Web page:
You thought 'Benefits Street' was controversial...

Follow-up documentary 'Immigrant Street' has got locals worried
Refugee children from Central America let down by Washington's high ideals

Refugee children let down by Washington's high ideals

Democrats and Republicans refuse to set aside their differences to cope with the influx of desperate Central Americas, says Rupert Cornwell
Children's books are too white, says Laureate

Children's books are too white, says Laureate

Malorie Blackman appeals for a better ethnic mix of authors and characters and the illustrator Quentin Blake comes to the rescue
Blackest is the new black: Scientists have developed a material so dark that you can't see it...

Blackest is the new black

Scientists have developed a material so dark that you can't see it...
Matthew Barzun: America's diplomatic dude

Matthew Barzun: America's diplomatic dude

The US Ambassador to London holds 'jeans and beer' gigs at his official residence – it's all part of the job, he tells Chris Green
Meet the Quantified Selfers: From heart rates to happiness, there is little this fast-growing, self-tracking community won't monitor

Meet the 'Quantified Selfers'

From heart rates to happiness, there is little this fast-growing, self-tracking community won't monitor
Madani Younis: Five-star reviews are just the opening act for British theatre's first non-white artistic director

Five-star reviews are just the opening act for British theatre's first non-white artistic director

Madani Younis wants the neighbourhood to follow his work as closely as his audiences do
Mrs Brown and her boys: are they having a laugh?

Mrs Brown and her boys: are they having a laugh?

When it comes to national stereotyping, the Irish – among others – know it can pay to play up to outsiders' expectations, says DJ Taylor
Gavin Maxwell's bitter legacy: Was the otter man the wildlife champion he appeared to be?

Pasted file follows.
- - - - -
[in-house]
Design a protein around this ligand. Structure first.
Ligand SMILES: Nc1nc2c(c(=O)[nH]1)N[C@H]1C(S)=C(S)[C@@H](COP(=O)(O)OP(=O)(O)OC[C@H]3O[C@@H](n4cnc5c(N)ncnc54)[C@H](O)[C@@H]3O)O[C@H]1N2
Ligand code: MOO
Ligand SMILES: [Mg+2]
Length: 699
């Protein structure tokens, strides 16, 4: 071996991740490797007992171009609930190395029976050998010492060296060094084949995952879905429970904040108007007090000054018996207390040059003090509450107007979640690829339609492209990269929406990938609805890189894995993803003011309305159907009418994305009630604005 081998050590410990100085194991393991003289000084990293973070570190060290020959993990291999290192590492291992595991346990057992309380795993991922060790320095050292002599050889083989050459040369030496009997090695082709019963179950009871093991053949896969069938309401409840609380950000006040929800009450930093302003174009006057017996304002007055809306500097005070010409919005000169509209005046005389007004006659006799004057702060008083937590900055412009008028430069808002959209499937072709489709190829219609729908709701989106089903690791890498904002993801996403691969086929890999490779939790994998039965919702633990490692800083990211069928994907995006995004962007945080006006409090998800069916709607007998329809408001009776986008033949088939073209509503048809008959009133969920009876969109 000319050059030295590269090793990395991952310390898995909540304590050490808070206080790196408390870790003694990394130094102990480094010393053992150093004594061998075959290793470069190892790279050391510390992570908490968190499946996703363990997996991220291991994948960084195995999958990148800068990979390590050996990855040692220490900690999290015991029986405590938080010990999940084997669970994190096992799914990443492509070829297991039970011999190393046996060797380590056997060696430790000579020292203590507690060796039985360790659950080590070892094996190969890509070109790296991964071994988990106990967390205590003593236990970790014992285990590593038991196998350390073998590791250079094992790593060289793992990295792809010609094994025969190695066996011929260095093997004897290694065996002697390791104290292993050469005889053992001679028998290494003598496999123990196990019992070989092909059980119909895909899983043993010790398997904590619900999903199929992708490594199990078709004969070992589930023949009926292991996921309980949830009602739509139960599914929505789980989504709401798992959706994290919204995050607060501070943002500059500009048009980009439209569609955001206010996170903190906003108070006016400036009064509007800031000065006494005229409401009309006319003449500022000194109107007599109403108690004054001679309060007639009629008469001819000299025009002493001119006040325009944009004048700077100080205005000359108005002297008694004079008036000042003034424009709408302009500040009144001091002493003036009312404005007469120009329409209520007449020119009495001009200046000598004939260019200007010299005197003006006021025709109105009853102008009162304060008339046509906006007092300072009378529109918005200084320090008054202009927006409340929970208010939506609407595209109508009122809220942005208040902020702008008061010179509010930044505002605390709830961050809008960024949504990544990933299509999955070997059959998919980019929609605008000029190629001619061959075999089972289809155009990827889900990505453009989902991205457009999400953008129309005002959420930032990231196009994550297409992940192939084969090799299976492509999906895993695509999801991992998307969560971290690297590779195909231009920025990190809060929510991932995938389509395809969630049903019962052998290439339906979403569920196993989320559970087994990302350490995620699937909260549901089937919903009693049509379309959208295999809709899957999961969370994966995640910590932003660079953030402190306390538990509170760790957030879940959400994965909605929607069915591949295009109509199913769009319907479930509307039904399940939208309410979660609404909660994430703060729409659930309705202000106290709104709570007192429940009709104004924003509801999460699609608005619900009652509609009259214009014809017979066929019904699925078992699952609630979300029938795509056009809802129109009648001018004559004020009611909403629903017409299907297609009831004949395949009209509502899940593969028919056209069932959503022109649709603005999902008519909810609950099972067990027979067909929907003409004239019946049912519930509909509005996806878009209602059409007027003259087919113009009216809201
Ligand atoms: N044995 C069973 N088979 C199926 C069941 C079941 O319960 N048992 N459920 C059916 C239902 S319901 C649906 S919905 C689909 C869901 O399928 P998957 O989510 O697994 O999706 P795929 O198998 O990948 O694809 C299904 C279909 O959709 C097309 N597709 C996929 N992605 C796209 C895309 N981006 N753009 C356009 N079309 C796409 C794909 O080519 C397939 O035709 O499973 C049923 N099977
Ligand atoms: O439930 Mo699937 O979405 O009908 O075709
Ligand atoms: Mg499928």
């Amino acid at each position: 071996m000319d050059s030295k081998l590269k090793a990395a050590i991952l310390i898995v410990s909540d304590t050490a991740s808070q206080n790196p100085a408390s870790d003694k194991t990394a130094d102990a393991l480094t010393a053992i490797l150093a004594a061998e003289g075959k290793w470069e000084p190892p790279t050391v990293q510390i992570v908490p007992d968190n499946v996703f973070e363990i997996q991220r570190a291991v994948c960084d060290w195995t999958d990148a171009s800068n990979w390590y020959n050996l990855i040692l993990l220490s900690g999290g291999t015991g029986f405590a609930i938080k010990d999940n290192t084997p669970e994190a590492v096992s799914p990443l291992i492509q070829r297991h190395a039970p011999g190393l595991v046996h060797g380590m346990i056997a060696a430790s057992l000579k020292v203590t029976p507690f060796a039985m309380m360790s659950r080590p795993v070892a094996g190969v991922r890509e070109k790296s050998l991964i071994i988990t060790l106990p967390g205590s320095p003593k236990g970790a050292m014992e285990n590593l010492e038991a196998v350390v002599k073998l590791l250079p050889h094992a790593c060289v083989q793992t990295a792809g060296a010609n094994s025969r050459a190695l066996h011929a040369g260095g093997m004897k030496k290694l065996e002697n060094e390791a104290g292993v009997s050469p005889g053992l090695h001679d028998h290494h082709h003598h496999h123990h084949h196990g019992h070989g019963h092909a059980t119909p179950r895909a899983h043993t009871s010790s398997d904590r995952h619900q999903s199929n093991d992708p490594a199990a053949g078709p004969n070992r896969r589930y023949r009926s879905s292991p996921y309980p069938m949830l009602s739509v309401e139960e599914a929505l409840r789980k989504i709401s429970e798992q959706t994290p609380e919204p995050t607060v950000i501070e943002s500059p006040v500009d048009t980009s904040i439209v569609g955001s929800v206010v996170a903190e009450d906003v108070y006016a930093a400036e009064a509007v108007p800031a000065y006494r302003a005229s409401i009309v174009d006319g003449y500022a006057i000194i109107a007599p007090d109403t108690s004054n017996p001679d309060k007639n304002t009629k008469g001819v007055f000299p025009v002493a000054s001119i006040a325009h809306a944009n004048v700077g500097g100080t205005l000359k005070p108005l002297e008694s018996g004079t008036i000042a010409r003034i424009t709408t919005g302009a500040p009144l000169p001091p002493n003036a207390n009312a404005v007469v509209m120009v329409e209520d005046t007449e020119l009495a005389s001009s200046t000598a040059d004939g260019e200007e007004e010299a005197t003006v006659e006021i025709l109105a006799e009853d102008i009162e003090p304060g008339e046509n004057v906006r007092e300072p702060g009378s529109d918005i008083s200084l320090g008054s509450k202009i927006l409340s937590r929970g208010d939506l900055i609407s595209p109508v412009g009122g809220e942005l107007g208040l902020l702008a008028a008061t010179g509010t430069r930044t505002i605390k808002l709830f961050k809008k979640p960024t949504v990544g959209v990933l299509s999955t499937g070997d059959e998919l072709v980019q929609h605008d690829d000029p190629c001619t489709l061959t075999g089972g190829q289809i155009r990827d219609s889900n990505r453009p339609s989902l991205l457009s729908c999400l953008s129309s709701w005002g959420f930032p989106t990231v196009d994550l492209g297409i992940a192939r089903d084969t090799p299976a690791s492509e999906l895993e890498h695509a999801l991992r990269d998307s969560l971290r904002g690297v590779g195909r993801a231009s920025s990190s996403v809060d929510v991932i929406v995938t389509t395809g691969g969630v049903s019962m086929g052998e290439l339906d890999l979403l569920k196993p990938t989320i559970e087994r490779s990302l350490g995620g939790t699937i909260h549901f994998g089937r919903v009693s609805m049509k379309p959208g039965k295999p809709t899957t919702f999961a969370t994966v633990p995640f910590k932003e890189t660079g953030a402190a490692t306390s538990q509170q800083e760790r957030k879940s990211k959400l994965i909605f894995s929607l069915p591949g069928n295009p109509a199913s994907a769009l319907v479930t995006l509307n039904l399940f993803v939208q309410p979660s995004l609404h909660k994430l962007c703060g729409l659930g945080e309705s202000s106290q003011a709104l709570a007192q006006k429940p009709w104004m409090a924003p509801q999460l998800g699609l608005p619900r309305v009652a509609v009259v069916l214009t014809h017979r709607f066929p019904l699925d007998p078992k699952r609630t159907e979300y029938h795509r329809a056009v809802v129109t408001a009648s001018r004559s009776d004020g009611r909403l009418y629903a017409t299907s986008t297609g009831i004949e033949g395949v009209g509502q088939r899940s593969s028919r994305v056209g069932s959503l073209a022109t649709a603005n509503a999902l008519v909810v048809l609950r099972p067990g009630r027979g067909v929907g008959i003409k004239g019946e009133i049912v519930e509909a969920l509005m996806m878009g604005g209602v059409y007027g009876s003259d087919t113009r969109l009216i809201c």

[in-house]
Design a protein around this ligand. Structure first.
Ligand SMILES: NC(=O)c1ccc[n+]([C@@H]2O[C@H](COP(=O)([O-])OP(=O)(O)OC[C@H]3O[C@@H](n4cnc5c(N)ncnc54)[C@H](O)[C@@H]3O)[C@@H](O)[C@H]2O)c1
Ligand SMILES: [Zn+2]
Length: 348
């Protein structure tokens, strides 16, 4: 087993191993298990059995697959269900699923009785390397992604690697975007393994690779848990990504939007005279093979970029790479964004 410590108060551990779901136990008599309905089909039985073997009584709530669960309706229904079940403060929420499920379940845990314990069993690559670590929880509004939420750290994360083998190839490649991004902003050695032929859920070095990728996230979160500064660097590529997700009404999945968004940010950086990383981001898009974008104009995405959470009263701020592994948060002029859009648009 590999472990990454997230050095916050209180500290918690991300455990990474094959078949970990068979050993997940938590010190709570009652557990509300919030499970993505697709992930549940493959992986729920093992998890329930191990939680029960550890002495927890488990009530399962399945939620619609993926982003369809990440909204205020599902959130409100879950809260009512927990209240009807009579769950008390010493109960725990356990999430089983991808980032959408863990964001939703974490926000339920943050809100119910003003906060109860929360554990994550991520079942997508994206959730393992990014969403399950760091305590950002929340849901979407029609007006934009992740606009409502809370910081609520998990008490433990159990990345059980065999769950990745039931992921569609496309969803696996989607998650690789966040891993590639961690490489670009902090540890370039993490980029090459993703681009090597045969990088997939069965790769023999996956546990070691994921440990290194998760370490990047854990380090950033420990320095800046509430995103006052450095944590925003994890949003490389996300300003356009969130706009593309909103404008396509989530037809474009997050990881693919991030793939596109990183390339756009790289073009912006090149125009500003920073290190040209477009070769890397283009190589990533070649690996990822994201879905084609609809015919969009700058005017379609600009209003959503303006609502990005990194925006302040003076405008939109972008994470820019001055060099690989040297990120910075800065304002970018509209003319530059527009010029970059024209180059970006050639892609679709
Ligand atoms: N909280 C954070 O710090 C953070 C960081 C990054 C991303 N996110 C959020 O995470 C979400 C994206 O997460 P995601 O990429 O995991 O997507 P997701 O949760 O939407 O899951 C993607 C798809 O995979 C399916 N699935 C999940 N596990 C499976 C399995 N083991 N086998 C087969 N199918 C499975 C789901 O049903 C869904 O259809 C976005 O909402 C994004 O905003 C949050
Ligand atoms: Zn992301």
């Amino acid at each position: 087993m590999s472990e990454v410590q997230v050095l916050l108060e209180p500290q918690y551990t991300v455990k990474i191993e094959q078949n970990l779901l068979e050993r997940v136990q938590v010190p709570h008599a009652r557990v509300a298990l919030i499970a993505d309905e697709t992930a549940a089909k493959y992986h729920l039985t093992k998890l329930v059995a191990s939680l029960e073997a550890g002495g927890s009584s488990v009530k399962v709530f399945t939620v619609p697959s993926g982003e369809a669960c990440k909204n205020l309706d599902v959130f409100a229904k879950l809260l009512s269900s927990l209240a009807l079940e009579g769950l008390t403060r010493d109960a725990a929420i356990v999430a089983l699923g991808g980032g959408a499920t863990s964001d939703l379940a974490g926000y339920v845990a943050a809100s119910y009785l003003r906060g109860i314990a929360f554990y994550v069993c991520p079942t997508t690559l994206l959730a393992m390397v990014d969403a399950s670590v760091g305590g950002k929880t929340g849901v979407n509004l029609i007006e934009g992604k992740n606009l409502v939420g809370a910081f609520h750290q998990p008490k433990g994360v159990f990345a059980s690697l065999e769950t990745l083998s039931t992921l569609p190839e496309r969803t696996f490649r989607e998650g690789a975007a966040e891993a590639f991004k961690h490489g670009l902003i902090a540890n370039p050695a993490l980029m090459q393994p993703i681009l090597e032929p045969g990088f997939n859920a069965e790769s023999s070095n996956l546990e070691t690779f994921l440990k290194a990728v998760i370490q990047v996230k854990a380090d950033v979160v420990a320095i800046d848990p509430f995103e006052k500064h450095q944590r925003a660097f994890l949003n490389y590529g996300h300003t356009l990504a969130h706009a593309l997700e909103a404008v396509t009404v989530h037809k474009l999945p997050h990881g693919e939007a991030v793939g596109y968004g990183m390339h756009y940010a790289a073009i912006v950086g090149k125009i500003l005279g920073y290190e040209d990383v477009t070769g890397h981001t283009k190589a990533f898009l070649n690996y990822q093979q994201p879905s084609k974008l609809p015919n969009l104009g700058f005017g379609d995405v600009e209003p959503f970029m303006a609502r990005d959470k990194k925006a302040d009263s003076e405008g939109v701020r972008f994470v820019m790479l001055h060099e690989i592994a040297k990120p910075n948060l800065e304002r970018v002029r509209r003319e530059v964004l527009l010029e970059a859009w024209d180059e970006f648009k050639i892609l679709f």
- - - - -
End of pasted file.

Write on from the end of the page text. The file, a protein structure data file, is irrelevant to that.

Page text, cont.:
Otter man Gavin Maxwell's bitter legacy

The aristocrat's eccentric devotion to his pets inspired a generation. But our greatest living nature writer believes his legacy has been quite toxic
Joanna Rowsell: The World Champion cyclist on breaking her collarbone, shattering her teeth - and dealing with alopecia

Joanna Rowsell: 'I wear my wig to look normal'

The World Champion cyclist on breaking her collarbone, shattering her teeth - and dealing with alopecia
Bill Granger recipes: Our chef gives raw ingredients a lift with his quick marinades

Bill Granger's quick and delicious marinades

Our chef's marinades are great for weekend barbecuing, but are also a delicious way of injecting flavour into, and breaking the monotony of, weekday meals
Germany vs Argentina World Cup 2014 preview: Why Brazilians don't love their neighbours Argentina any more

Anyone but Argentina – why Brazilians don’t love their neighbours any more

The hosts will be supporting Germany in today's World Cup final, reports Alex Bellos
The Open 2014: Time again to ask that major question - can Lee Westwood win at last?

The Open 2014

Time again to ask that major question - can Lee Westwood win at last?